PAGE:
Sounds the Same
If you’ve done your job well, the reader should be able to tell that you’ve transitioned to a new POV character without a tag (a heading with their name, for example). It’s ok to tag—George RR Martin, a master of multiple POV, does it, and most epic fantasy writers only switch POV by chapter. Even so, you need to make sure the characters sound distinct, that their thoughts, their voices, their actions reflect their experience and personality.
When you write in multiple POV, you are basically taking a bunch of different stories and braiding them together into one. Your characters will cross paths intermittently throughout the story; sometimes their action will come together, sometimes it will veer far apart. It can be extremely confusing to keep this all together. You can lose track of the overall plot, and you can lose track of each character’s emotional journey.
Here’s some final advice for managing this mess you’ve gotten yourself into by not listening to your writing teacher:
- Plan out each character’s emotional journey and their action plot, even where it overlaps with other characters, before drafting.
- Write each character’s scenes all at once, starting with the hero. (Always start with the hero. This is ultimately their story. They need to have the very most at stake in the final conflict, physically and emotionally.)
- As you write, the other characters’ stories will cross paths with the hero’s story. You’ll want to start rendering the action of the character’s plot from other POVs, but think carefully about when and why you switch POV.
- At some point, the other characters’ scenes will veer from the hero’s. Keep writing the hero’s POV until you get to the end of his or her plot line. Then, go back and finish up the other POVs.
When I write, I keep each different POV scene on a different page in Scrivener (you can do something similar in Word by using headings and the navigator pane). This way I can shuffle scenes around. When I’m done drafting each character’s arc, I braid the scenes together to form the whole novel.
When I edit, I often put the scenes of a given POV character back together, in order to make sure their whole story line is continuous. It depends on how widely it veers from the main plot line.
As you can imagine, I’m already planning my next epic fantasy series to be a single, first person POV (I’m sure Laurel will be happy to hear it)! Of course, there are plenty of ways to mess that up just as badly as multiple POV. Maybe someday, I’ll write a normal novel and realize how much easier it is. Till then, I’ll keep rising to the challenge of telling the tale of the battle on many fronts with epic fantasy.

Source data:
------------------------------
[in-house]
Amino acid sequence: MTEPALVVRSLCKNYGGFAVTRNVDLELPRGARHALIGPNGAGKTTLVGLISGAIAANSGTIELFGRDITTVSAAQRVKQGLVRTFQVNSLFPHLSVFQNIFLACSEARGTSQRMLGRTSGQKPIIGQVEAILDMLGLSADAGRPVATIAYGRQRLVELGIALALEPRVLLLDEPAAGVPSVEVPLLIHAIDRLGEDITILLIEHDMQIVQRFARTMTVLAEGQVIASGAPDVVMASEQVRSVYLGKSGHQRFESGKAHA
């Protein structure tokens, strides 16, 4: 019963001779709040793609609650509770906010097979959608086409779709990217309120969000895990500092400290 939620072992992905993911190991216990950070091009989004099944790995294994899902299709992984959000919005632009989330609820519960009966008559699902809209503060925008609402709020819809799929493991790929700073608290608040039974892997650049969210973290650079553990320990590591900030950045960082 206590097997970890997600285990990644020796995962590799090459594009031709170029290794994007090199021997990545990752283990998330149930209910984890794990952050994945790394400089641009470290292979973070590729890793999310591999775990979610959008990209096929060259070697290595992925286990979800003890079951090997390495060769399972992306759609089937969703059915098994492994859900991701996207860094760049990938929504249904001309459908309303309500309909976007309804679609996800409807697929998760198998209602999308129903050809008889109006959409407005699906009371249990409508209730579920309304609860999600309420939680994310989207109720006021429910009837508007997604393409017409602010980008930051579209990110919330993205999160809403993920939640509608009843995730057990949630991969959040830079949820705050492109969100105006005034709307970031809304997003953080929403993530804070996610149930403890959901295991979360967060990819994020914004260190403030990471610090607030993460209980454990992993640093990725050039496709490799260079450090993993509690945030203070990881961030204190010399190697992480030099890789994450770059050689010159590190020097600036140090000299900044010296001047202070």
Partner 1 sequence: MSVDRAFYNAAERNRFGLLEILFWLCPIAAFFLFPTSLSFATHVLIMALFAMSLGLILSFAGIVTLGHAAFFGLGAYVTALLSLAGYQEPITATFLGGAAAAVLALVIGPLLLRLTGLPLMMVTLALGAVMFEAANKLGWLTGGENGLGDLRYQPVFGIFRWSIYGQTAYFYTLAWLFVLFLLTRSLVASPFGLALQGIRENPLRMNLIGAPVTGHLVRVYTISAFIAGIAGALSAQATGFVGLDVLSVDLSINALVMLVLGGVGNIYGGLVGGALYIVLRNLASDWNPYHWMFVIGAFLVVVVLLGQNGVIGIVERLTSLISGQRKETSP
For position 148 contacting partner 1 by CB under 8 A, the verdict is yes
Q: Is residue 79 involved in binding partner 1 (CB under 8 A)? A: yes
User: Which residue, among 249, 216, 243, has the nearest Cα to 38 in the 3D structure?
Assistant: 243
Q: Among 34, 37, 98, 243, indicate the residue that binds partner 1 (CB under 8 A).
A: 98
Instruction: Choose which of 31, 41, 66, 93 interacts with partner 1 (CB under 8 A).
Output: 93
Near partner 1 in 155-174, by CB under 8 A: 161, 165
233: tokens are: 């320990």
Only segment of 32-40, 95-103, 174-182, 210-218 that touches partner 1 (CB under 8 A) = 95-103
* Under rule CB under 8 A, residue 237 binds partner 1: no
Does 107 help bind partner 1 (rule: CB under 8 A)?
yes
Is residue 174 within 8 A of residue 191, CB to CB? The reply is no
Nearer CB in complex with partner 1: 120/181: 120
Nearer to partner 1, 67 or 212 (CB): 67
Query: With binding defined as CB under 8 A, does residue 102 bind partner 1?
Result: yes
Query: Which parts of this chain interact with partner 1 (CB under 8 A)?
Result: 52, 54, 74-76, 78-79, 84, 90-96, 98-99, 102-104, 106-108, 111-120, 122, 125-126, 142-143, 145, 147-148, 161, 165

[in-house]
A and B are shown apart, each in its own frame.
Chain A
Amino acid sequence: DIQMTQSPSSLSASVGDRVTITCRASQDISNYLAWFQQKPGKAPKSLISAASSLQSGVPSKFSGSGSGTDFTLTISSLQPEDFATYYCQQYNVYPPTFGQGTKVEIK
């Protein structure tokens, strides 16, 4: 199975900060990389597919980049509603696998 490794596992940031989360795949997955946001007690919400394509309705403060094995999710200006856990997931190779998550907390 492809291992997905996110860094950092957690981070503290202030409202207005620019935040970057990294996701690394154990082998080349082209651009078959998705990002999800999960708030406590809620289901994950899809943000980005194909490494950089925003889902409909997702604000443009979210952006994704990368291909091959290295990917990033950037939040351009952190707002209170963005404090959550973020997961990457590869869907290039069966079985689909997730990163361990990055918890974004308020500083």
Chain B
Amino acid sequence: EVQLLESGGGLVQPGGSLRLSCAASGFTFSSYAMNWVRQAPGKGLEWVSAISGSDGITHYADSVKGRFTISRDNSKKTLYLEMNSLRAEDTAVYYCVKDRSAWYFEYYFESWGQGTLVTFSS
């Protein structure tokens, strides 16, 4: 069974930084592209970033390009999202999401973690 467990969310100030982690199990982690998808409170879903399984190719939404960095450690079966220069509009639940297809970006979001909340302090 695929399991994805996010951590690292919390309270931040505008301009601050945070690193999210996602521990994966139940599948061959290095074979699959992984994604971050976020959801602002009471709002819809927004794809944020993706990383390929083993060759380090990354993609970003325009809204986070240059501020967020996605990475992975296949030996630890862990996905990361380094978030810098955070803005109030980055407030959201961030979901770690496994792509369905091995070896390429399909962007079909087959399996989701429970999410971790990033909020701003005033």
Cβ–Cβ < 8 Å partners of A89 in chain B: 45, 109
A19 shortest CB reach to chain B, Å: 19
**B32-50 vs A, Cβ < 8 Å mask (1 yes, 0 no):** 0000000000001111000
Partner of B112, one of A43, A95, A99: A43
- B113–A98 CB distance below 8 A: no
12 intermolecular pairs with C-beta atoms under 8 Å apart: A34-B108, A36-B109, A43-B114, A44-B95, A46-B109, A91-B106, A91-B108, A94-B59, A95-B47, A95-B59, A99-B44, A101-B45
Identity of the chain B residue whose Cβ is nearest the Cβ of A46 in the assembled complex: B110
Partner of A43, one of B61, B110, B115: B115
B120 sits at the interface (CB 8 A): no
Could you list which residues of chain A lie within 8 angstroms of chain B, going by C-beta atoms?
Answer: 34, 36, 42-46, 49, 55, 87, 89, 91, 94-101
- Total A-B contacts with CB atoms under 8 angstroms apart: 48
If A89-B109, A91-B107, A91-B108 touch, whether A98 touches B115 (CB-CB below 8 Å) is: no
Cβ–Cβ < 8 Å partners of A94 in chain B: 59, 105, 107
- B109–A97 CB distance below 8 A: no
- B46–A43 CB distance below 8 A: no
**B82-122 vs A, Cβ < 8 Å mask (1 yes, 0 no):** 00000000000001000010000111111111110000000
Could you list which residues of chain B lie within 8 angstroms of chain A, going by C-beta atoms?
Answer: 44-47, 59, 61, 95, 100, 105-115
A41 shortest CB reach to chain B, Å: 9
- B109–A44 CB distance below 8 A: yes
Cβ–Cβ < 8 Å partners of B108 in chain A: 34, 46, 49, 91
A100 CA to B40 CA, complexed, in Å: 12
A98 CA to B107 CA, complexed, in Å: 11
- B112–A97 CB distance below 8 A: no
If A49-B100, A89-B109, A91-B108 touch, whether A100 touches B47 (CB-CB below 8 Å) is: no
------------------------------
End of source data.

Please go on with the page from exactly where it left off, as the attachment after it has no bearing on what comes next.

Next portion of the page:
What’s the biggest challenge you’ve encountered when experimenting with different kinds of POV? Leave a note in the comments!
Selah J Tay-Song is living proof that if you persevere, you’ll catch your dreams. She decided to be an author at the age of six. It took her 25 years to learn how to write a book. Today she is the author of the award-winning Dreams of QaiMaj series, described as magical, poetic and engrossing. When she’s not writing epic fantasy, Selah blogs about everything she wished she knew before she wrote her first book. When she’s not writing, Selah is stalking the urban river otters that live near her home in the Pacific Northwest.
Check out Selah’s latest book, Dream of a City of Ruin, available March 20th, 2015! The tale of QaiMaj continues in this gripping sequel to Dream of a Vast Blue Cavern:
War simmering for three thousand years is poised to explode on the surface of QaiMaj. The outcome might free the scattered survivors of an ancient disaster from tyranny, or destroy them forever.
Torn from familiar caverns in the midst of her own war, stranded in the icy lands of Khell, Queen Stasia of Iskalon knows nothing of the conflicts shaping QaiMaj. Her only guides are legends told by a Khell Healer and her own prophetic Dreams of her people suffering in a dark, ruined city. Unwillingly allied with the man who destroyed everything she holds dear, struggling to define her identity in the face of so much loss, stalked and assailed by death-hungry Dhuciri, Stasia sets out across the vast wastelands of QaiMaj to reach the city of her Dreams.
But Svardark, the ruling dynasty on QaiMaj, already knows she has surfaced, and they will stop at nothing to find her in . . .
Dream of a City of Ruin
Dreams of QaiMaj Book II